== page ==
Cognitive behavioural therapy (CBT) is a fast-growing and popular form of psychological therapy. Originally developed in the USA, it has become popular in the UK. The National Institute of Health and Clinical Excellence (NICE), which issues guidance on mental health issues based on clinical research trials, advocates CBT as the preferred therapeutic choice for individuals presenting with depression and anxiety. The Layard Report of 2006 indicated the scale of depression and anxiety disorders in the UK. Government-funded initiatives draw heavily on these guidelines as part of the drive to train increasing numbers of cognitive behavioural therapists. So what exactly is CBT and how does it work?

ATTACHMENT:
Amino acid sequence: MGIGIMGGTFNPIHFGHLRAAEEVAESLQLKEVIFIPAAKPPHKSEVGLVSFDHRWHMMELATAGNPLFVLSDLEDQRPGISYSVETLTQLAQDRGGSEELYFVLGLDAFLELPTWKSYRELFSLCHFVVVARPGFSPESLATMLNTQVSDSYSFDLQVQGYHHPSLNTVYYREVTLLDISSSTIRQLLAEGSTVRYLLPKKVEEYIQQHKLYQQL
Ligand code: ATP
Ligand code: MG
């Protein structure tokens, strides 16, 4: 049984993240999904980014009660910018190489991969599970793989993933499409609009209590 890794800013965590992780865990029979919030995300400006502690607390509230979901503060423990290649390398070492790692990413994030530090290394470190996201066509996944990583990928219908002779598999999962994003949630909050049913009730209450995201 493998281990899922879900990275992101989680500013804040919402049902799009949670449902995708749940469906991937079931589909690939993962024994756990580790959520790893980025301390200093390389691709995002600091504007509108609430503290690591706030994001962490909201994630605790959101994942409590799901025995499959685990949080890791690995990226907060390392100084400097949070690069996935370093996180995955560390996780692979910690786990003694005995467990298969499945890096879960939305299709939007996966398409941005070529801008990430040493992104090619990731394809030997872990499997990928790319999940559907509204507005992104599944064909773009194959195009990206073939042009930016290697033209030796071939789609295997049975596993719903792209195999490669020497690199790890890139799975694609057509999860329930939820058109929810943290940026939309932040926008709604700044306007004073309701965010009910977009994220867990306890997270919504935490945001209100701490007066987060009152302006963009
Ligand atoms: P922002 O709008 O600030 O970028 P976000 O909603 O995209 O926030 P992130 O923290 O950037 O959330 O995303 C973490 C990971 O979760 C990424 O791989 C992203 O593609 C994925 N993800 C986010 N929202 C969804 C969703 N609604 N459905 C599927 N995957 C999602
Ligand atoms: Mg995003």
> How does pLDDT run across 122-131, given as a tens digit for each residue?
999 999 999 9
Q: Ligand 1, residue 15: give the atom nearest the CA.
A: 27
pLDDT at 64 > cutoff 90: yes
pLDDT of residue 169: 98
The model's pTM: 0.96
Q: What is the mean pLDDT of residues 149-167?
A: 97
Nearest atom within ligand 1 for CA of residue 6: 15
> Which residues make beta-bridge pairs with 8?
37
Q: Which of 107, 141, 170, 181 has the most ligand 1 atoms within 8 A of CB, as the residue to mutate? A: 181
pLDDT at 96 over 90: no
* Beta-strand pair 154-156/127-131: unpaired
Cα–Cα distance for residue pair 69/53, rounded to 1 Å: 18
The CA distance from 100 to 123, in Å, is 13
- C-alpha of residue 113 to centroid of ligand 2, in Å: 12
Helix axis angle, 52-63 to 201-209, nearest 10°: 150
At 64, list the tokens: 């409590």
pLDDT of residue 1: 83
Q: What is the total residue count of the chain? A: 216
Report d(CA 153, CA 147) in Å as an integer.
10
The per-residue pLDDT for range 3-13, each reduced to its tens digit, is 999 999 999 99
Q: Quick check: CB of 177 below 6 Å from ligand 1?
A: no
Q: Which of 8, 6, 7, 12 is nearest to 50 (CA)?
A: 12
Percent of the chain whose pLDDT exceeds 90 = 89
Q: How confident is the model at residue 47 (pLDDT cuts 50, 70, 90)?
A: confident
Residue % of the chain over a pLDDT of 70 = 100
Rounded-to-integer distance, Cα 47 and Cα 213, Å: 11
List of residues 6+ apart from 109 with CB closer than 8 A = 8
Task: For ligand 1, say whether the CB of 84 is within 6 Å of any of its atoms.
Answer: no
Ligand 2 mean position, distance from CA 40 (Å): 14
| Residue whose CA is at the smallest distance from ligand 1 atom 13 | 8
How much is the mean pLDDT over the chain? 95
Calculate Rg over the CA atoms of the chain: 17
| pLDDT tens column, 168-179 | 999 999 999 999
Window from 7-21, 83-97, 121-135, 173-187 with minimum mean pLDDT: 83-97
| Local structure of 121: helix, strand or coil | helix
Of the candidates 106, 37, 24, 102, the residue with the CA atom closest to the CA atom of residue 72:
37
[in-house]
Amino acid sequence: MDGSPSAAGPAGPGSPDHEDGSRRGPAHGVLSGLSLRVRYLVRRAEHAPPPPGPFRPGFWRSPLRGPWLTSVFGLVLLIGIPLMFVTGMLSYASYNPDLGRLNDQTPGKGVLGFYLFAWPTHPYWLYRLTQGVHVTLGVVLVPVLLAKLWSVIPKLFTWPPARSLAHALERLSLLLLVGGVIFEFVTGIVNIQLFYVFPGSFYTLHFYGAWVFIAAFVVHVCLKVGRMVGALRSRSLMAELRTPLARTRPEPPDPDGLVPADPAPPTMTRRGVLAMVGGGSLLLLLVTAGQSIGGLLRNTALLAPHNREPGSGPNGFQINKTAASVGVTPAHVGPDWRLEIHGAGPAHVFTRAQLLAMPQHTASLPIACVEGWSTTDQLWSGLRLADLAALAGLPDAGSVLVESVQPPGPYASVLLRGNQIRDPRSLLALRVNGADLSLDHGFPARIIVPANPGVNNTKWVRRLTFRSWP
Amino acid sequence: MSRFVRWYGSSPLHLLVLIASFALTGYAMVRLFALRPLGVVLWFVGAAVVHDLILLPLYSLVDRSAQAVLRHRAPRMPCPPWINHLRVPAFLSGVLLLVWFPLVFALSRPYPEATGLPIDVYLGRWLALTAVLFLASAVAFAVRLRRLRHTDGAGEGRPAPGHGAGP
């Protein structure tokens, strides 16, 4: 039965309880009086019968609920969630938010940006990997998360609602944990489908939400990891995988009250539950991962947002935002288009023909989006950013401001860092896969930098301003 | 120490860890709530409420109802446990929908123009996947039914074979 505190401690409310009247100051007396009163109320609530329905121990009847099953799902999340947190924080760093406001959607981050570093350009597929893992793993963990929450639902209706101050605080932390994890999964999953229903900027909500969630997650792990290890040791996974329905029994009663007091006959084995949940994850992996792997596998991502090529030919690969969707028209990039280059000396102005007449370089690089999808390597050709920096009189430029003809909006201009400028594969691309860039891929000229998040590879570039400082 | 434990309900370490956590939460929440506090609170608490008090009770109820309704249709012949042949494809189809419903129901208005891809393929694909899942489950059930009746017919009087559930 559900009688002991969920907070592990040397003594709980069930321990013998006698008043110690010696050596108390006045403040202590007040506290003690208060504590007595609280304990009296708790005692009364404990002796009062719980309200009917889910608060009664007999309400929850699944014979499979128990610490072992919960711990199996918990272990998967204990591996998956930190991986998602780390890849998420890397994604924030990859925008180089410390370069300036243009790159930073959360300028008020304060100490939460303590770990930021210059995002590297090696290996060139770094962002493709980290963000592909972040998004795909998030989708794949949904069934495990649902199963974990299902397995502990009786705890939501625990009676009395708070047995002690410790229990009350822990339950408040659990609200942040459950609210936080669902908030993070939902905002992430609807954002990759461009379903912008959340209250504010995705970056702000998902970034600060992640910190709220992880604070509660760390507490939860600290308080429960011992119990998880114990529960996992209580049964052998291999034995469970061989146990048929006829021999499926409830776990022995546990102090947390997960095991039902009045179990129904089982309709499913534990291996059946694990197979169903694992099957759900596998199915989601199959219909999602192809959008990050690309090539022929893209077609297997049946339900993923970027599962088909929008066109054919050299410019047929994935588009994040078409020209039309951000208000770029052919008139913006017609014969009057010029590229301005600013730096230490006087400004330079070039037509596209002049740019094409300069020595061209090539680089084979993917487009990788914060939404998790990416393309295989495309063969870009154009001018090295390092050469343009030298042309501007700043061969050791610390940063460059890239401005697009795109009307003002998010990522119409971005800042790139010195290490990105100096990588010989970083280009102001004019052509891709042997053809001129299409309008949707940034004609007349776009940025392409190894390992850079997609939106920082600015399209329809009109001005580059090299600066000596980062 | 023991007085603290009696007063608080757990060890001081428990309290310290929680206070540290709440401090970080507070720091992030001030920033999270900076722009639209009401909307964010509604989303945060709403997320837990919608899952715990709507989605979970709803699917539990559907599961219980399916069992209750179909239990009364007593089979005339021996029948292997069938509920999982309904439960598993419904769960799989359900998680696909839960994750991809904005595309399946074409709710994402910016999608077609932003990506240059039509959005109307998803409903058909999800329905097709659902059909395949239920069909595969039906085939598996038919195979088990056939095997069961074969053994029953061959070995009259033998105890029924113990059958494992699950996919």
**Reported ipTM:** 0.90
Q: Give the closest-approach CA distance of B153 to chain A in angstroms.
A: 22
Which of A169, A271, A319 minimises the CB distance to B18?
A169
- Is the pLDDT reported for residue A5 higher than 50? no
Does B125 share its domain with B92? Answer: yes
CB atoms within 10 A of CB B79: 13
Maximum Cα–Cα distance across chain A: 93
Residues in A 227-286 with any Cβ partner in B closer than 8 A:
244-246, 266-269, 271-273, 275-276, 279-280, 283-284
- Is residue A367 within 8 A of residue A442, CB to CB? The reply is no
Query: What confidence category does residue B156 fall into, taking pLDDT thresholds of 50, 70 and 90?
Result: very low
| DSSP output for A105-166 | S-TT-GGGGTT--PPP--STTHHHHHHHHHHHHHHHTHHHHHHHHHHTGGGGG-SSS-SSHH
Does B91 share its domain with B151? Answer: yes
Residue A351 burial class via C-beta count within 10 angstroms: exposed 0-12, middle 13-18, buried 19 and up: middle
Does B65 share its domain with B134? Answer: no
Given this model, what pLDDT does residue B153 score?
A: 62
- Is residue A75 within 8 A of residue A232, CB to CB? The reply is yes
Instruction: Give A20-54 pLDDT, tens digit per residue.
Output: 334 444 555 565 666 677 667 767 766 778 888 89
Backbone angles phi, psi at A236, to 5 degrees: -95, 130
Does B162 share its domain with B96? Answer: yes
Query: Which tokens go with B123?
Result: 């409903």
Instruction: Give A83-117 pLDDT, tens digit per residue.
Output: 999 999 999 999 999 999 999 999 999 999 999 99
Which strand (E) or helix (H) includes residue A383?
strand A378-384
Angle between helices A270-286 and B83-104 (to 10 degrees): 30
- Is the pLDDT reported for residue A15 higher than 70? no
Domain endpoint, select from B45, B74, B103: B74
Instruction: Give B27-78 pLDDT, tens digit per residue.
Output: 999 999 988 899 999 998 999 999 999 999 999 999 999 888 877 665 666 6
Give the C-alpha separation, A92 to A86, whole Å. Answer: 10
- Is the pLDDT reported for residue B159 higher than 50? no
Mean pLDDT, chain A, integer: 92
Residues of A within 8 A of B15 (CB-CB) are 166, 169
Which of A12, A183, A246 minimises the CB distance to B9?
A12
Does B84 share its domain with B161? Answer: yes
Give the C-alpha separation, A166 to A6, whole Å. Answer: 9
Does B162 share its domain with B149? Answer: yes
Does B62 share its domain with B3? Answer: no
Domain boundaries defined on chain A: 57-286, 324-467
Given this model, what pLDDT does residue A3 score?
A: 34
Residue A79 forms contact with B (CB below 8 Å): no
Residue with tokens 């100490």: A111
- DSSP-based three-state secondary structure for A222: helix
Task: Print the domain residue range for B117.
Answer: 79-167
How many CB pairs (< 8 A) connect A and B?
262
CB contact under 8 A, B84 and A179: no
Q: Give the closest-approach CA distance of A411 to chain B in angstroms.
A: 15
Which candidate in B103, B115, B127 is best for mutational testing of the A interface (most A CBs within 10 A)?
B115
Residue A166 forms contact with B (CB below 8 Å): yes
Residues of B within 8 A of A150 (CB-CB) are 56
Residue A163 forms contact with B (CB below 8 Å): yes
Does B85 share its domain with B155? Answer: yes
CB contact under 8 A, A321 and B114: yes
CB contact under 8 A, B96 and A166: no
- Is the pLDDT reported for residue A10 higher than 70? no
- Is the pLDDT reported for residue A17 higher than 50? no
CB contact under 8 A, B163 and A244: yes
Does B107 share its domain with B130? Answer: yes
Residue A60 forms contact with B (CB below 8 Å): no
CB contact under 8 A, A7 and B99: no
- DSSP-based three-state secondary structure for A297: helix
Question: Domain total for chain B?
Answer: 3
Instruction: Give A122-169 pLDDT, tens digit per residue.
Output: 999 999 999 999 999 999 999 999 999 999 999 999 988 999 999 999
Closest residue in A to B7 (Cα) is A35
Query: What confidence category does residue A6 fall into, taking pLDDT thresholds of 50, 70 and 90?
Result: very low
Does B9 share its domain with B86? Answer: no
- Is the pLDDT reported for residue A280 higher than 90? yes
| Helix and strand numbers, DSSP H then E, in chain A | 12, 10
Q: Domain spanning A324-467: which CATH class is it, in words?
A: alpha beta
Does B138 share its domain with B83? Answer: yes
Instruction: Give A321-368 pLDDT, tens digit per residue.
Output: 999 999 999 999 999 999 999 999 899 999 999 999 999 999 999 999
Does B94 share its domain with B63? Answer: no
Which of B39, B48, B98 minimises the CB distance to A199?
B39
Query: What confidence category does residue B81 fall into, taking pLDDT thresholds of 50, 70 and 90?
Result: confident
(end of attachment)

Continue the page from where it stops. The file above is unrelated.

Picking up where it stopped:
Imagine this scenario. Your teacher announces to the class that you are each to give a solo presentation on what you have learned on the course so far. You have just 30 minutes to prepare. Many people would immediately start to feel nervous at this prospect. You might feel your heart pounding, your palms sweating and you might perhaps have the urge to run away from the situation.
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